News Release

100 kilometers of quantum-encrypted transfer

Researchers at DTU have succeeded in using quantum encryption to securely transfer information 100 kilometres via fibre optic cable - roughly equivalent to the distance between Oxford and London.

Peer-Reviewed Publication

Technical University of Denmark

100-kilometre fibre optic cable


The 100-kilometre fibre optic cable through which a team of researchers at DTU has successfully distributed a quantum-encrypted key securely. Photo: DTU

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Credit: DTU

Researchers at DTU have successfully distributed a quantum-secure key using a method called Continuous Variable Quantum Key Distribution (CV QKD). The researchers have managed to make the method work over a record 100 km distance—the longest distance ever achieved using the CV QKD method. The advantage of the method is that it can be applied to the existing Internet infrastructure.

Quantum computers threaten existing algorithm-based encryptions, which currently secure data transfers against eavesdropping and surveillance. They are not yet powerful enough to break them, but it's a matter of time. If a quantum computer succeeds in figuring out the most secure algorithms, it leaves an open door to all data connected via the internet. This has accelerated the development of a new encryption method based on the principles of quantum physics.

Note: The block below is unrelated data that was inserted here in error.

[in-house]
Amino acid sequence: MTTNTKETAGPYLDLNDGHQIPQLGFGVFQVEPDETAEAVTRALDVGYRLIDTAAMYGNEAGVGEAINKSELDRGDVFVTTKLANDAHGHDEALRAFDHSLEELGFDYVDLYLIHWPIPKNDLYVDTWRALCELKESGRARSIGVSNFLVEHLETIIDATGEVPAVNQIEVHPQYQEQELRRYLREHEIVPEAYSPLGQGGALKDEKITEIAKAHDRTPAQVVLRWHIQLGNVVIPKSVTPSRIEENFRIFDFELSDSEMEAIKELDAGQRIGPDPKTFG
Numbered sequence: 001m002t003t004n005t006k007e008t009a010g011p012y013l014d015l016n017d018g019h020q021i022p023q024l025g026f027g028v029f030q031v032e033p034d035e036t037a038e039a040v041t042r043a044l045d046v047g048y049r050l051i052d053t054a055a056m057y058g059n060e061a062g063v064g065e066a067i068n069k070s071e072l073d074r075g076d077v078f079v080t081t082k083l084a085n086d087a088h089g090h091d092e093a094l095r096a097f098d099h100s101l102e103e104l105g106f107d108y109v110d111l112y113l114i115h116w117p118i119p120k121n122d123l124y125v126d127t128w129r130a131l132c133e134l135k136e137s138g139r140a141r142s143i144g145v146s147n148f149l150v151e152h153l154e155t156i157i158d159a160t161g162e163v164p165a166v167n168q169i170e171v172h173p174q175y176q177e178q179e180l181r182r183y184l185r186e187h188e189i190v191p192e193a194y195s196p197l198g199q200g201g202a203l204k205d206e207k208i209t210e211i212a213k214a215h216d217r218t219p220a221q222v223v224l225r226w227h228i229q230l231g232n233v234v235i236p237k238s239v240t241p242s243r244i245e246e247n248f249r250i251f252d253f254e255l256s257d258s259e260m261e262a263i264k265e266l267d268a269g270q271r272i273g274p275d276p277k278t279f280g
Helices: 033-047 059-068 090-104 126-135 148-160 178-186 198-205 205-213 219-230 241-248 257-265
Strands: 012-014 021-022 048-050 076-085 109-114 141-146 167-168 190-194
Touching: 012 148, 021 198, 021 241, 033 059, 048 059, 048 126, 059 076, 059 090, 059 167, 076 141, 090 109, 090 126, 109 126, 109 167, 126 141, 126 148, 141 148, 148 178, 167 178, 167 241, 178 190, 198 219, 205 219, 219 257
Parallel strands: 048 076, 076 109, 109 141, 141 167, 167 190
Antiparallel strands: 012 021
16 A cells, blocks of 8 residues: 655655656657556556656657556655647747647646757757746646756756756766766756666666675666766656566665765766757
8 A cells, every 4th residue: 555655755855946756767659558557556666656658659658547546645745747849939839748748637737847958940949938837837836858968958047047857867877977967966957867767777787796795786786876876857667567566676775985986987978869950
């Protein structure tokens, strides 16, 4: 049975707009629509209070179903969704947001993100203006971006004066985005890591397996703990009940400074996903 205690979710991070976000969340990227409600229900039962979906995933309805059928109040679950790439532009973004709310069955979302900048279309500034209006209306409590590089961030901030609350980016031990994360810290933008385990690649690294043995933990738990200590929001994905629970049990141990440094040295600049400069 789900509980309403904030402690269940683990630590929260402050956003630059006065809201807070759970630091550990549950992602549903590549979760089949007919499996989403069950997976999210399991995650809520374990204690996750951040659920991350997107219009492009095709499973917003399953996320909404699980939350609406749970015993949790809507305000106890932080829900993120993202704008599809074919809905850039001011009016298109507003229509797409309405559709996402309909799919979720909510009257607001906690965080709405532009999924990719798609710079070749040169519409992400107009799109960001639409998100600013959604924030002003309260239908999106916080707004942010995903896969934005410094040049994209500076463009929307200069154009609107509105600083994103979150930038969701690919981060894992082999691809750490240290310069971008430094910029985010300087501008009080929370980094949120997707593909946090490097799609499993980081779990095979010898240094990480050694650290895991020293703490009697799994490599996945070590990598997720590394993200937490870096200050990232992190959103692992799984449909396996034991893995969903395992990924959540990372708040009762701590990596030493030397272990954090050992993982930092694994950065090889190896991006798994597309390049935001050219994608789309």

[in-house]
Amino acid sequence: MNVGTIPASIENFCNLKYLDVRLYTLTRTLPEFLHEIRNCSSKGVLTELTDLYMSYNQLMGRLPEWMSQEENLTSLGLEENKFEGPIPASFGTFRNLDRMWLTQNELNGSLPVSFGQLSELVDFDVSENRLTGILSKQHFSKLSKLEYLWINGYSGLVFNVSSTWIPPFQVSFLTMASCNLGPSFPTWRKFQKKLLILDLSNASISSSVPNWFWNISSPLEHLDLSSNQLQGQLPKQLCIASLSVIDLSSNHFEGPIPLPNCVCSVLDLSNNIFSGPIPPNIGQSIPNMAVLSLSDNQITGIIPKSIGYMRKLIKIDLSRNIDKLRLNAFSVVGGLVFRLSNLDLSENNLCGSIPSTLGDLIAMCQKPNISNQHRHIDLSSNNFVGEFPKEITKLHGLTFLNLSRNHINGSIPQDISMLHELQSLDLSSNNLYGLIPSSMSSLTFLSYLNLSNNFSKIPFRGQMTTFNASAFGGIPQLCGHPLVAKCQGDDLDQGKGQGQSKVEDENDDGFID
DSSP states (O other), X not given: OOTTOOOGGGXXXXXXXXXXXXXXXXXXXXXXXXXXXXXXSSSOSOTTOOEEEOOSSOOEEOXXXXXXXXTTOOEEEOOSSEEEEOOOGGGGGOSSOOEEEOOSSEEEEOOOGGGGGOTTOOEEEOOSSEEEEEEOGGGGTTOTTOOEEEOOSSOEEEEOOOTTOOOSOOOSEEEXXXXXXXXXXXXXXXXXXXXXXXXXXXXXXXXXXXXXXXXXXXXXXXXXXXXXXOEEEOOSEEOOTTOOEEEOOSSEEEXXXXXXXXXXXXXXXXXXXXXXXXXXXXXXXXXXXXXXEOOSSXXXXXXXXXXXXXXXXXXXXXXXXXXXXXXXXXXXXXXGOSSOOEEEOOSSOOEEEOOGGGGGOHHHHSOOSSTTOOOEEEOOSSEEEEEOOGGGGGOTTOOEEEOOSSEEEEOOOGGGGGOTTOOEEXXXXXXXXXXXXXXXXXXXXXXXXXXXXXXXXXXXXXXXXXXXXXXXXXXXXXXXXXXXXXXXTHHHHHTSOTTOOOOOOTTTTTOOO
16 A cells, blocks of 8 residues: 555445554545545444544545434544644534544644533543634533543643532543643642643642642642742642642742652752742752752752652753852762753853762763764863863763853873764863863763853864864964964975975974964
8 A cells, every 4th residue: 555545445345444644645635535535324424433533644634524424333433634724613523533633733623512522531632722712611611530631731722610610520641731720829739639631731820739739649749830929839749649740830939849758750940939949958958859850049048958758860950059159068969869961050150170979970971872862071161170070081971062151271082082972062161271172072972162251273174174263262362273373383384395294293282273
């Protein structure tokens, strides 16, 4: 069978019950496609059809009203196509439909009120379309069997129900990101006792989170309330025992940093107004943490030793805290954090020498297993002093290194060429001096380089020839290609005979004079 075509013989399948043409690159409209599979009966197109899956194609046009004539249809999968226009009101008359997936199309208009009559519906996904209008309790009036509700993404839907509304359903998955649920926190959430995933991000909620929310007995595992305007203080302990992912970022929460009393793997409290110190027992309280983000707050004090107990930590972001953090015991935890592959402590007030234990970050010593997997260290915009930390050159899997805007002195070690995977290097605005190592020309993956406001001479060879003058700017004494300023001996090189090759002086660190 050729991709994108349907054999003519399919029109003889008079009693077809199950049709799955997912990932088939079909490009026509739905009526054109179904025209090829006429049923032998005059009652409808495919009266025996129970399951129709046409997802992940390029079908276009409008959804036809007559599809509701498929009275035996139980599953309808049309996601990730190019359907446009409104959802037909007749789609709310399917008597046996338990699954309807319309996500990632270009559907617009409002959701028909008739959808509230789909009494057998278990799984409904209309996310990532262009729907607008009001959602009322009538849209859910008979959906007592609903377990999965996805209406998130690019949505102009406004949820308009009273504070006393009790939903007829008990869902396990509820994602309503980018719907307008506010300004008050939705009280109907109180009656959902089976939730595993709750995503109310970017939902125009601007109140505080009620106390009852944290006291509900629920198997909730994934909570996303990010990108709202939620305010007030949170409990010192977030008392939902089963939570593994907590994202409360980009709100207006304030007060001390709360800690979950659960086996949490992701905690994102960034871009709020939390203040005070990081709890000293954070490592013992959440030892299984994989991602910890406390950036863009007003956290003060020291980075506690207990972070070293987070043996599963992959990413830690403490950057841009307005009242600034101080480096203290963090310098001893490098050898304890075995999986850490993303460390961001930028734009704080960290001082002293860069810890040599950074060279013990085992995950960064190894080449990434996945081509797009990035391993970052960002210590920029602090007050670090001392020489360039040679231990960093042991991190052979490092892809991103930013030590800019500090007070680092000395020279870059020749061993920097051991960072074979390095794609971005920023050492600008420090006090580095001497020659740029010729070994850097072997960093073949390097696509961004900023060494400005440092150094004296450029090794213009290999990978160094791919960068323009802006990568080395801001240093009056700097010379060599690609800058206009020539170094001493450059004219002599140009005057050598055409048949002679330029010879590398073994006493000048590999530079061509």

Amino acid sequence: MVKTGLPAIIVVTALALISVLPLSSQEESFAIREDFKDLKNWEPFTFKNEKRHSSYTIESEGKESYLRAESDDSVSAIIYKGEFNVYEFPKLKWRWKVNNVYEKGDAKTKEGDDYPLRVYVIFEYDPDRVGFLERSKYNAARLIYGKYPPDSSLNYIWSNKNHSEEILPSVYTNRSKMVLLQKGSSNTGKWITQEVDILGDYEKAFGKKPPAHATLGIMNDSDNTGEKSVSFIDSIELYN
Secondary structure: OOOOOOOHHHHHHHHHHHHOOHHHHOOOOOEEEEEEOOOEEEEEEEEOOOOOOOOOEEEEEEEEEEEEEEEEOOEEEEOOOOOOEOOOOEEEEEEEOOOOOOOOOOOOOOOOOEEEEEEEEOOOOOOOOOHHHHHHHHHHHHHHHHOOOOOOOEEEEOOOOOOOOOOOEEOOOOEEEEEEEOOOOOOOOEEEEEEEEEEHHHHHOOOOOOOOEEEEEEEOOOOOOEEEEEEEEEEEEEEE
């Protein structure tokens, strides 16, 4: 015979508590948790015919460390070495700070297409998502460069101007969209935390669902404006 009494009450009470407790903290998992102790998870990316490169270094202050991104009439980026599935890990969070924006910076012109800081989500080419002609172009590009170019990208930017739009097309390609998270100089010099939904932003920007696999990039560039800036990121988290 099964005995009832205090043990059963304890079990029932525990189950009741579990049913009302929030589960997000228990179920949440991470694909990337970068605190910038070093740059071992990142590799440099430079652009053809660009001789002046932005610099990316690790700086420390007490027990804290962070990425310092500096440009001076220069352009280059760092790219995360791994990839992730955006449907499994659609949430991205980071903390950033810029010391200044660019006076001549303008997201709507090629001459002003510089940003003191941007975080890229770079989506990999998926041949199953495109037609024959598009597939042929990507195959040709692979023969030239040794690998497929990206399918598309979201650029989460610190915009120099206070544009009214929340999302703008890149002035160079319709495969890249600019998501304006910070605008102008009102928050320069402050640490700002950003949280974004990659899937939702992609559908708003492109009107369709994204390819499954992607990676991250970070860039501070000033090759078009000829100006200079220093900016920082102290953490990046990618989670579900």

But to succeed, researchers must overcome one of the challenges of quantum mechanics - ensuring consistency over longer distances. Continuous Variable Quantum Key Distribution has so far worked best over short distances.

"We have achieved a wide range of improvements, especially regarding the loss of photons along the way. In this experiment, published in Science Advances, we securely distributed a quantum-encrypted key 100 kilometres via fibre optic cable. This is a record distance with this method," says Tobias Gehring, an associate professor at DTU, who, together with a group of researchers at DTU, aims to be able to distribute quantum-encrypted information around the world via the internet.

Secret keys from quantum states of light

"When data needs to be sent from A to B, it must be protected. Encryption combines data with a secure key distributed between sender and receiver so both can access the data. A third party must not be able to figure out the key while it is being transmitted; otherwise, the encryption will be compromised. Key exchange is, therefore, essential in encrypting data.

Quantum Key Distribution (QKD) is an advanced technology that researchers are working on for crucial exchanges. The technology ensures the exchange of cryptographic keys by using light from quantum mechanical particles called photons.